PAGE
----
Tuesday, October 16, 2012

Sky Dreams

Have you ever considered a career as a pilot?

Here are some basics about the requirements:

You may take flying lessons at age 18, and with 40-60 hours of flight time obtain a pilot's license; however, if you plan to become a pilot as a career, flying passenger planes or other types of planes, the requirements become more stringent:

You must have a 4 year degree, preferably but not exclusively in Aviation. You must also.....

  • Obtain a 1st Class Medical Certificate from an FAA medical center
  • You must get your private pilot's license first
  • Then you must be certified in commercial and instrumentation flight
  • Complete the certified flight instructor rating
  • Then, begin working at a flight school
  • Work on your multi-engine Certified Flight Instructor rating
  • Airlines that fly passengers typically require you to have 3000 hours or more of flying experience
  • The first 1 to 5 years you will be a flight engineer
  • After flight engineer, you may advance to 1st Officer
  • After 5 to 15 years as a 1st Officer, you may be promoted to Captain, also depends on seniority
  • Captains must be experienced in night flying as well as 'instrument flying' (to be prepared for flight in bad weather)
  • You must pass psychological tests to prove you can handle the stress
  • You must pass an eye examination (if your vision can be corrected to 20/20, you can be a commercial pilot. If you needed glasses, however, you cannot be a pilot in the military-check with your choice of school to be sure)
The different types of piloting include:
-Private, where people simply fly for convenience and no money is exchanged
-Recreational, where planes fly for fun and do stunts
-Agricultural, planes flown to spray crops or to help put out fires
-Flight Instructor
-Charter-This includes 'hiring' a plane and pilot for a specific trip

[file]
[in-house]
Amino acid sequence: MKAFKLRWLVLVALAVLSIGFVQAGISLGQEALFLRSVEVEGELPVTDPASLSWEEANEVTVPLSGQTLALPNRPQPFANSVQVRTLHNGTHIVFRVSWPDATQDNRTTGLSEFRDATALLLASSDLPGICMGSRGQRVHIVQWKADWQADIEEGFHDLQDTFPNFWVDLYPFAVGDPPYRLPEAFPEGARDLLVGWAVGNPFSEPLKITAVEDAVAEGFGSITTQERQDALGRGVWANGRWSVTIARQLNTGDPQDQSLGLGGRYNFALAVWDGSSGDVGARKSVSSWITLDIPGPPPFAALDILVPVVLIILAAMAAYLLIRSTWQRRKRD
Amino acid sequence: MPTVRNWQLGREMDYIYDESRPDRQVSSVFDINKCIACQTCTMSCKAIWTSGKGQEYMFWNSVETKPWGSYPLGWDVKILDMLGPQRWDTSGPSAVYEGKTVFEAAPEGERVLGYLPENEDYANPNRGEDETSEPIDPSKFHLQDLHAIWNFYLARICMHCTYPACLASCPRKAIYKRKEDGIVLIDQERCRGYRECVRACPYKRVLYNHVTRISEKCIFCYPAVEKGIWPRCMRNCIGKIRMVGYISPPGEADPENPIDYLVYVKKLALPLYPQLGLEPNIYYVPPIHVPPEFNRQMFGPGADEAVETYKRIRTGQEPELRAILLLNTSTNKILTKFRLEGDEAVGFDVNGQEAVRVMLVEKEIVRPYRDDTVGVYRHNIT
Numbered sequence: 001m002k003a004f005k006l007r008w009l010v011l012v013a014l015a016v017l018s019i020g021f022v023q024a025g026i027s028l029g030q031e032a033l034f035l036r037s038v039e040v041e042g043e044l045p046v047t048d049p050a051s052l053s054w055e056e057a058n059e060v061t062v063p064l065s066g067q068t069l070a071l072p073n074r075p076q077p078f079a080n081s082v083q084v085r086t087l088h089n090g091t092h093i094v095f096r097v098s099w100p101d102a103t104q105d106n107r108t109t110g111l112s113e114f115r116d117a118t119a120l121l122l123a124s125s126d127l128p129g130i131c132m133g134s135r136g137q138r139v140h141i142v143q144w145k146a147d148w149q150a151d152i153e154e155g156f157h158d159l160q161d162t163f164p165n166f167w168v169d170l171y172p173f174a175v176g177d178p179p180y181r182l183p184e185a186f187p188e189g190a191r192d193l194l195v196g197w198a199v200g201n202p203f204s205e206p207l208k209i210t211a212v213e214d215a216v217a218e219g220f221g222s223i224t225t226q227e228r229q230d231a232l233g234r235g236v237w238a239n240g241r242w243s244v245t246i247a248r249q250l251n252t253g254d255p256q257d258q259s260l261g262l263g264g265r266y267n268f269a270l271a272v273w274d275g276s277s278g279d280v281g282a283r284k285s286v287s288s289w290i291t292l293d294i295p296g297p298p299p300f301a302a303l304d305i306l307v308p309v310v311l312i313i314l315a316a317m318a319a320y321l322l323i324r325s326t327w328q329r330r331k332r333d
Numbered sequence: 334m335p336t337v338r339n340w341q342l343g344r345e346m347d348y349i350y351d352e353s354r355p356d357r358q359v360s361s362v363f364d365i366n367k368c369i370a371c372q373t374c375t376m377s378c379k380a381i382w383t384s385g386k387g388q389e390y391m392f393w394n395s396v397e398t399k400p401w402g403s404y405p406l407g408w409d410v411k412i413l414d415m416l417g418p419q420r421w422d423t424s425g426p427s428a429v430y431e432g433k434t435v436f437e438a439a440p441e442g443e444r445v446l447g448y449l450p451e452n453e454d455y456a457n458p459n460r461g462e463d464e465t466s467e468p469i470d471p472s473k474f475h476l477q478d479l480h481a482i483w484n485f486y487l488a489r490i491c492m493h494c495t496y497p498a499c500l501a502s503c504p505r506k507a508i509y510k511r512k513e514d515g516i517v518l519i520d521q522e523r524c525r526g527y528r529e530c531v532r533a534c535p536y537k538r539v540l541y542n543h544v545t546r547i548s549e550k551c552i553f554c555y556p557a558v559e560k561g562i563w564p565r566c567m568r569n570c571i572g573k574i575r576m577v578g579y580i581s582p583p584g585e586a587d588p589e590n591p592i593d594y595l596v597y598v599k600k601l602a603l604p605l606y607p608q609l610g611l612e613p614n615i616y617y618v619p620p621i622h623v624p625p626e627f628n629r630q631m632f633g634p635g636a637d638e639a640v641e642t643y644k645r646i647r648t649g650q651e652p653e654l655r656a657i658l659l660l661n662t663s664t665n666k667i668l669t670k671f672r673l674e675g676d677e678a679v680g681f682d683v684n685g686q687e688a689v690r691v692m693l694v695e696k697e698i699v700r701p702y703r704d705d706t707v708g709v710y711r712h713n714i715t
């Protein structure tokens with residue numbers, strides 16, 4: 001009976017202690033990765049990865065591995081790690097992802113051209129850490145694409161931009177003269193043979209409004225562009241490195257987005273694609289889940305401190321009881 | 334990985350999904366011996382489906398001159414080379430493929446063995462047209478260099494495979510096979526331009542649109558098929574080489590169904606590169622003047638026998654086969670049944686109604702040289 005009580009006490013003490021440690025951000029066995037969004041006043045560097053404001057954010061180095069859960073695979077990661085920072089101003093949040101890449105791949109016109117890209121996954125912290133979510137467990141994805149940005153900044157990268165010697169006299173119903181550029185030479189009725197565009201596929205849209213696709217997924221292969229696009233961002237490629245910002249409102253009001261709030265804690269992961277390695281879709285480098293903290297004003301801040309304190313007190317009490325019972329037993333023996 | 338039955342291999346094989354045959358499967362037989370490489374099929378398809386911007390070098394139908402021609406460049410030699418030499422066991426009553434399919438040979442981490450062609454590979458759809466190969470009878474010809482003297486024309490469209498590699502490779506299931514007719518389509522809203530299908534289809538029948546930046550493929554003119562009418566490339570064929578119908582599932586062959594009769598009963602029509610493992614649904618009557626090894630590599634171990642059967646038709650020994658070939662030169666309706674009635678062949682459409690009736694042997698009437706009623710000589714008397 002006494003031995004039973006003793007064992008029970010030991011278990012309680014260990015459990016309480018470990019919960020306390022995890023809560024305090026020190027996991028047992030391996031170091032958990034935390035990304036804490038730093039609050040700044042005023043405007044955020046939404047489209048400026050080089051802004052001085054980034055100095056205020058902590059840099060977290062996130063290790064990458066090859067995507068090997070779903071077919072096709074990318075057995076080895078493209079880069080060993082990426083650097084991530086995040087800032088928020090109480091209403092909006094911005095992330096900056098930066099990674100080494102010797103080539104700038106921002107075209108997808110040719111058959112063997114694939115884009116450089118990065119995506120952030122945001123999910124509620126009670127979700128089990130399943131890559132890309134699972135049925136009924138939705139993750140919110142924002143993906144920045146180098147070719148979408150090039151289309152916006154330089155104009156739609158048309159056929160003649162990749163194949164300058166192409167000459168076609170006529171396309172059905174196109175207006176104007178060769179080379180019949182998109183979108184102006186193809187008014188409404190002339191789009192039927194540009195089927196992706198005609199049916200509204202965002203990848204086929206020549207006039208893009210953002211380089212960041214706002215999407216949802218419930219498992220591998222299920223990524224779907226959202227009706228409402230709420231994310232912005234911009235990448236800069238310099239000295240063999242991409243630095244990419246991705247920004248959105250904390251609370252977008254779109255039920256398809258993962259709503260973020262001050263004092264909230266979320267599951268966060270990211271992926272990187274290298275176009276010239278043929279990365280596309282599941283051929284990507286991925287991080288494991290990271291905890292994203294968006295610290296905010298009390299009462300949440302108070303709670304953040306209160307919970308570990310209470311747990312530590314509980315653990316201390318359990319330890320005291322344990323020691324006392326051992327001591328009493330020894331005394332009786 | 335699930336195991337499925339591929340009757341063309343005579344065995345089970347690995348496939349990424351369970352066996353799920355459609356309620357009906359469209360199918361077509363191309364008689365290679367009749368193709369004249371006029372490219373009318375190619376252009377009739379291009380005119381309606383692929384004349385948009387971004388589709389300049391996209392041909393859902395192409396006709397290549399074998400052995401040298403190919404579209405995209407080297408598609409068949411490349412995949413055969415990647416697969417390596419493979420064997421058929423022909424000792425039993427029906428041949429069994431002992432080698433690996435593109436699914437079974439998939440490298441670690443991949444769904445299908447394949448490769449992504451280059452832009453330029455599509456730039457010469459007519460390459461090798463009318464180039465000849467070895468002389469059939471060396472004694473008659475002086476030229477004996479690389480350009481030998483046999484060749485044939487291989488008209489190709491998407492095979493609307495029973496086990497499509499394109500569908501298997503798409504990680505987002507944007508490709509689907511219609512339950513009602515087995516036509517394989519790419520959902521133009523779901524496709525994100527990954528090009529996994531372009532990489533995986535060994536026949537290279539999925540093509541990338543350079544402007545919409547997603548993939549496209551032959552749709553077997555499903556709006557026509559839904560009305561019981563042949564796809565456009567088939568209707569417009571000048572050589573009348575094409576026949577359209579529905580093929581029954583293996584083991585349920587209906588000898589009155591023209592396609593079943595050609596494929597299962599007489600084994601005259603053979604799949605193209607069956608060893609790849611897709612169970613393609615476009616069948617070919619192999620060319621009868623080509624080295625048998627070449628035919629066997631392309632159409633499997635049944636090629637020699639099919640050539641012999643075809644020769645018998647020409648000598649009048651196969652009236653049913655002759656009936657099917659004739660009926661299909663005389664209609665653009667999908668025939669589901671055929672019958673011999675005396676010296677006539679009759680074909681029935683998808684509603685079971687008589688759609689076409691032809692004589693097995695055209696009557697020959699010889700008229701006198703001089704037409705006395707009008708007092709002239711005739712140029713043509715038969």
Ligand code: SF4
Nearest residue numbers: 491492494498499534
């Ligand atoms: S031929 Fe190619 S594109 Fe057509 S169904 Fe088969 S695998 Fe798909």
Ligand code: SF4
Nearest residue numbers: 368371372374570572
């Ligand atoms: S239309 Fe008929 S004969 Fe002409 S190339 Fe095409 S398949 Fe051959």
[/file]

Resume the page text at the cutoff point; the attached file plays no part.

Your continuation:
-Medical/airlift (a type of charter)-This includes transporting people to medical centers, and also human organs for transplants
-Corporate-When companies own planes to fly clients and staff
-Commercial-planes used for business, such as FedEx

-and the 'top of the line' job: Airline Transport Pilot, which is someone who works for a major passenger  airline. This pilot has passed the most demanding training and certifications.

What schools offer degrees in Aviation?
Embry-Riddle Aeronautics University in Florida      http://www.erau.edu/
Ohio State                                                             http://www.aviation.ohio-state.edu/
St Cloud State University, St Cloud, Minnesota      http://www.stcloudstate.edu/aviation/  

Check out the FAA (Federal Aviation) website for more job info:

After obtaining a Bachelor's Degree, pilots can also be trained in the Air Force, Navy, Marines, or Coast Guard. This training typically takes a little over 12 months. There is quite a variety of different planes and helicopters used in the Armed Forces, and pilots will often specialize in one particular type, including: Trainers, Transport, Fighters, Reconnaissance, and bombers.

Here is the Air Force website for more information: http://www.airforce.com/?m=2011EASearch&pl=Google&med=CPC

If you're into planes but don't necessarily want to be a pilot, here are some other careers that are related:
Air Traffic Controller
Flight Attendant
Airplane Mechanic or Engineer (may design planes)
Computer Technology with an emphasis on aeronautics
Airline Security

If this is something you're interested in, do some more exploring. You might find a good fit...in the sky.

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